Constitution Check: Does the government have the authority to write restaurant menus?

Lyle Denniston, the National Constitution Center’s constitutional literacy adviser, tackles a weighty issue: the FDA’s constitutional ability to mandate calorie counts on restaurant menus nationwide.



“The U.S. Food and Drug Administration today finalized…rules requiring that calorie information be listed on menus and menu boards in chain restaurants [and] similar retail food establishments….The menu labeling final rule applies to restaurants and similar retail food establishments if they are part of a chain of 20 or more locations, doing business under the same name and offering for sale substantially the same menu items. Covered food establishments will be required to clearly and conspicuously display calorie information for standard items on menus and menu boards, next to the name or price of the item. Seasonal menu items offered for sale as temporary menu items, daily specials and condiments for general use typically available on a counter or table are exempt from the labeling requirements.”

– Excerpt from a public announcement by the FDA on November 25, describing new rules that require restaurant chains to tell their customers about the calories they are consuming. On the same day, EPA also put out new rules for calorie counts on food packages sold by vending machines. Congress in 2010 had ordered the EPA to write all of those rules as part of the new federal health care law, the Affordable Care Act.


Chances are, the early American generation that started the tradition of a hopefully bounteous Thanksgiving dinner – and wrote a new Constitution to govern the nation – had no idea that, one day, there would be an “obesity epidemic” that the government would feel obliged to stop. The Constitution-writers left deliberately vague just what they were allowing Congress to regulate as “commerce among the several states,” in the wording of Article I, Section 8. They knew that “commerce” would change, in unpredictable ways.

Now, long after Congress began exercising parental instincts in attempting to assure that the nation’s food supply is healthy (even if many of its citizens are not), it may seem very much out of date to ask whether the Constitution puts some limits on how far food controls will be allowed to reach.

But in an era of widespread suspicion that Big Government is reaching too far into Americans’ private lives (recall the deep controversy over the Affordable Care Act’s mandate for everyone to buy health insurance even if they didn’t want it), that is very much a current source of worry, at least in some sectors — and particularly among some conservative constitutional scholars.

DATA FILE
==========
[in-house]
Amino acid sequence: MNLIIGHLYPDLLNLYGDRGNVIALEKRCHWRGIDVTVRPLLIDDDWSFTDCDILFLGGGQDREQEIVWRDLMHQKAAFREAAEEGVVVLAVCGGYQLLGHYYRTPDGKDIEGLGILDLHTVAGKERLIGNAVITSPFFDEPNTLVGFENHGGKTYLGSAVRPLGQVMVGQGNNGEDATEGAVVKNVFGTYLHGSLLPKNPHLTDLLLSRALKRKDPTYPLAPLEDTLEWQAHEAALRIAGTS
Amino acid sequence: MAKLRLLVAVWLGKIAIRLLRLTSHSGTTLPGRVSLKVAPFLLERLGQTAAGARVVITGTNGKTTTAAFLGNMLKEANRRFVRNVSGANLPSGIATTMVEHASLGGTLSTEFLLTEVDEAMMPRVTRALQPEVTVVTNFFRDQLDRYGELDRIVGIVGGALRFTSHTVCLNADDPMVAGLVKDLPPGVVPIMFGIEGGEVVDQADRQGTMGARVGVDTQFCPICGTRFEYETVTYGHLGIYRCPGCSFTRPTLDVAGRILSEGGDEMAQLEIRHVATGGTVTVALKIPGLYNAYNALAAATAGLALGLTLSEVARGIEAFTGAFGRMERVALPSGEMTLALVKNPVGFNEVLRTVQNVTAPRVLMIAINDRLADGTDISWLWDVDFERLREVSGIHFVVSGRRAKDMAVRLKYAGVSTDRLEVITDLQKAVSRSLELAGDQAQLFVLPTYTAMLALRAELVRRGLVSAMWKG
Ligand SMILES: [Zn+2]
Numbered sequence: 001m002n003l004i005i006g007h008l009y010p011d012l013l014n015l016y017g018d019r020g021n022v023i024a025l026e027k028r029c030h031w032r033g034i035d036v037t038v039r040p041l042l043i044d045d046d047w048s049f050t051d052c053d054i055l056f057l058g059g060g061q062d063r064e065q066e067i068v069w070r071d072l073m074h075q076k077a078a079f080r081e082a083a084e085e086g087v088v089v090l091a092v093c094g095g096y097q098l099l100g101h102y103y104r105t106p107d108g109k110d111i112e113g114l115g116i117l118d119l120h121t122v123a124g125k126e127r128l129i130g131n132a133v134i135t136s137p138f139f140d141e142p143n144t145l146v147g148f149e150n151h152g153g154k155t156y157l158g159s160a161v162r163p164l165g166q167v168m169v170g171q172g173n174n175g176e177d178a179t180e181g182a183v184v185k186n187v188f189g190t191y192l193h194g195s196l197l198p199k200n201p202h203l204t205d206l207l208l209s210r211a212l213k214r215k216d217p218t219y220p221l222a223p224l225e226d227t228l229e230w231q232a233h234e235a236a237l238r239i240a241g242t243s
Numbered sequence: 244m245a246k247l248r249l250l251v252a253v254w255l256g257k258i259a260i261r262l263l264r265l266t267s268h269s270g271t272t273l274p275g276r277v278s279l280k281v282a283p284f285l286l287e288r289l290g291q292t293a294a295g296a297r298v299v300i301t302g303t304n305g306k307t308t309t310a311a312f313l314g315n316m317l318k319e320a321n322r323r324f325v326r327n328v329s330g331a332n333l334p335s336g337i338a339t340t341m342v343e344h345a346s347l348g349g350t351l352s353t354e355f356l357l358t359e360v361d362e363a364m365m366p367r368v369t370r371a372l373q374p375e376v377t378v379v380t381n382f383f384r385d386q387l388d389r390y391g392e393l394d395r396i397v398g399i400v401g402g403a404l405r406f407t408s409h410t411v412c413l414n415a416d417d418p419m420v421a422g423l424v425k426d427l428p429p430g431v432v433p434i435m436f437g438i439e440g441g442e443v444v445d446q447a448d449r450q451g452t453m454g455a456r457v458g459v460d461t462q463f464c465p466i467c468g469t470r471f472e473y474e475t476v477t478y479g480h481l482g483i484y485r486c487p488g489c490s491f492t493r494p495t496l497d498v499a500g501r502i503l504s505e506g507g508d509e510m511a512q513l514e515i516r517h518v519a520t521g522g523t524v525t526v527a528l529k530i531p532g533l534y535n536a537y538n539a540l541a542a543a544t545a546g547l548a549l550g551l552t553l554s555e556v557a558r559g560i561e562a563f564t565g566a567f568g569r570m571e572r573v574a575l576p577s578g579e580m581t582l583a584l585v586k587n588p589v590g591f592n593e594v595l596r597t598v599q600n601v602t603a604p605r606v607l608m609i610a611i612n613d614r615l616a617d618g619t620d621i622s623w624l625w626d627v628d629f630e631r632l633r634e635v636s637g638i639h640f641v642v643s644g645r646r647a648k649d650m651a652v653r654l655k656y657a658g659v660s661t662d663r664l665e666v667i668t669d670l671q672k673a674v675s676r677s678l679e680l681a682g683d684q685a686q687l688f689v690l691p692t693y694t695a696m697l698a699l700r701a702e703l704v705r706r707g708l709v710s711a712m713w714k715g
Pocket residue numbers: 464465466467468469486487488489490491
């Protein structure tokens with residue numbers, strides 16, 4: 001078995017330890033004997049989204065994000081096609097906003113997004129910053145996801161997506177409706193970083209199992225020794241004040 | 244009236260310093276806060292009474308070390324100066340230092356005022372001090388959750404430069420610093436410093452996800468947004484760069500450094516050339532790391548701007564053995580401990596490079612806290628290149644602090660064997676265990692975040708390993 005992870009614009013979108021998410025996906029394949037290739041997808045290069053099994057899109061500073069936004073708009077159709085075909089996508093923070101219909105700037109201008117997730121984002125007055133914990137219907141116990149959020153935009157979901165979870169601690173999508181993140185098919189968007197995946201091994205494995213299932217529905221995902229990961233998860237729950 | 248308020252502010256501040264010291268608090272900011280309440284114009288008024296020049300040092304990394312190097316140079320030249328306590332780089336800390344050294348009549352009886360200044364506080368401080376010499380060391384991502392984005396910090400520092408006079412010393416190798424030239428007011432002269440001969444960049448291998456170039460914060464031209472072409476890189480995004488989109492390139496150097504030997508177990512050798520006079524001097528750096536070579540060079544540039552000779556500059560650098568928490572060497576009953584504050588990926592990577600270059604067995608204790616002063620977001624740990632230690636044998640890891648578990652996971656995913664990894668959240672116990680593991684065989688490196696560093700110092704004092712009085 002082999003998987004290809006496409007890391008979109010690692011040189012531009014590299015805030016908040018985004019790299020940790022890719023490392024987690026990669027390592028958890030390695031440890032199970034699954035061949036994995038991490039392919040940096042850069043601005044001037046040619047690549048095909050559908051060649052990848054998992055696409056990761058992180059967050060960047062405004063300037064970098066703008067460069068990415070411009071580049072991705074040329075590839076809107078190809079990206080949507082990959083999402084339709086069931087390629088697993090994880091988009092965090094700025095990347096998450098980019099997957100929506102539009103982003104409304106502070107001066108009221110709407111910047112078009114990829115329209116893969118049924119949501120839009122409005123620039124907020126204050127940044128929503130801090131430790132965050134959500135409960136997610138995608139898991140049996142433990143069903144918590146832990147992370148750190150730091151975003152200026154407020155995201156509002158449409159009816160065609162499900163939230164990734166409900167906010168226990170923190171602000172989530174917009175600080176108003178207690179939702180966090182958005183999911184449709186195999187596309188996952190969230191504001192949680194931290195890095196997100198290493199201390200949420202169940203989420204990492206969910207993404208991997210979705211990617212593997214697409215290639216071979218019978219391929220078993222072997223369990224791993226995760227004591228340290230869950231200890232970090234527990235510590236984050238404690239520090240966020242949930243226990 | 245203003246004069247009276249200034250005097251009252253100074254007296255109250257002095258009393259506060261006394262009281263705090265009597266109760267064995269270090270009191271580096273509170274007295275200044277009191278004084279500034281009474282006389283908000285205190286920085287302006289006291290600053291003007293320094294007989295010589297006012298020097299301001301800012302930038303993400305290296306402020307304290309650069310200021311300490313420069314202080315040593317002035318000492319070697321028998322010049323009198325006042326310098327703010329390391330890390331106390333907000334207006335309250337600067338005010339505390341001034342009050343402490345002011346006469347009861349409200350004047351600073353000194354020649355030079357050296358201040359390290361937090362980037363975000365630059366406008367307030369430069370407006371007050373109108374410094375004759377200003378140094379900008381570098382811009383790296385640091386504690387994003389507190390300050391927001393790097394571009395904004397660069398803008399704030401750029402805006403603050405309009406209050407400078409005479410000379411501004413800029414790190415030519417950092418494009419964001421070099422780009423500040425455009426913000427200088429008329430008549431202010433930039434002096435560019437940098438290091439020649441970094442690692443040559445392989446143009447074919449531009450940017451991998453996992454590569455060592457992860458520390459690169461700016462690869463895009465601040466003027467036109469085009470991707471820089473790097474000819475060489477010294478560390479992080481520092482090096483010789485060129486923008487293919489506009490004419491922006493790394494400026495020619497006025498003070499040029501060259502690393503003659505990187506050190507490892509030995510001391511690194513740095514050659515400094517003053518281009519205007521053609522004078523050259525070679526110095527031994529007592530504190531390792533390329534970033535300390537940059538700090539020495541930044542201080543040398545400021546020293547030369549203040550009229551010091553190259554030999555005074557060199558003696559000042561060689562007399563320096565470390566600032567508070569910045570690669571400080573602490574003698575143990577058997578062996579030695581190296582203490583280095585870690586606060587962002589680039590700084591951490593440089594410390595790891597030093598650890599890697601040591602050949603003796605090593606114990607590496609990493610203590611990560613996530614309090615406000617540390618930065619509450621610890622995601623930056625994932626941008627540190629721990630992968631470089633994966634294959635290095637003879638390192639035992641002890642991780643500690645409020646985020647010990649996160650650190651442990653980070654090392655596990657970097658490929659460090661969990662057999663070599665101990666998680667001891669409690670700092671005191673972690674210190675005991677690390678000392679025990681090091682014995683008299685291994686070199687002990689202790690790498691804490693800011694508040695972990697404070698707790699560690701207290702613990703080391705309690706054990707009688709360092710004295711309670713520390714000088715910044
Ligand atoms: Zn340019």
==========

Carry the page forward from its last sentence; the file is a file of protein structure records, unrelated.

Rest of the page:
At the Food and Drug Administration this week, in the kind of announcement that stirs up such worries, it told the nation about how the government will be reaching into the nation’s restaurant chains to dictate what they say about the weight-affecting contents of their regular menu items (Thanksgiving turkey, apparently, will be exempted as a seasonal item, as also will plum pudding with brandy at Christmas time).

The announcement, though, came with hardly any justification of its constitutional authority to do that. The FDA clearly operates on the assumption that it has authority from Congress to do what it is doing, and thus silently assumes that it must be acceptable under the Constitution’s Commerce Clause. The agency noted that it has had authority from Congress since 1990 to require nutrition labels on food, and that the Affordable Care Act extended that authority to restaurant menus and vending machines.

Restaurant food, of course, does contain ingredients that move across state borders, so it is an item that might be thought covered by the regulatory power granted by the Commerce Clause.

But the underlying policy rationale for this new regulatory regime appears to be something more than the interstate movement of, say, the potatoes that become French fries. The use of the phrase “obesity epidemic” in some of the agency’s policy statements is a clue to what it is thinking. By labeling the problem of an overweight America as similar to some other form of social menace, it places its authority over restaurant menus in the same category, for example, as the marketing of carelessly compounded drugs or of cancer-causing tobacco.

It may be that a child entering a fast-food restaurant will be quite unaware of how fattening that experience may potentially be, but it can hardly be a surprise to any adult who has paid even the slightest attention to the media blitz over obesity. At least for a good many people who indulge in fast food, it is a matter of consumer choice. The government, presumably, has the authority to try to influence that choice, but no one is likely to suggest that the government could constitutionally close down the restaurant chains to give it even more influence.

The FDA, no doubt, is convinced that it is not substituting its regulatory judgment for the tastes of the American food consumer. But of such assumptions is constitutional controversy born. It was not long ago that the Affordable Care Act was mired in such controversy as its critics likened its insurance mandates to compelling Americans to eat broccoli. Eating healthy, it seems, is a matter of private choice – even as a constitutional matter.

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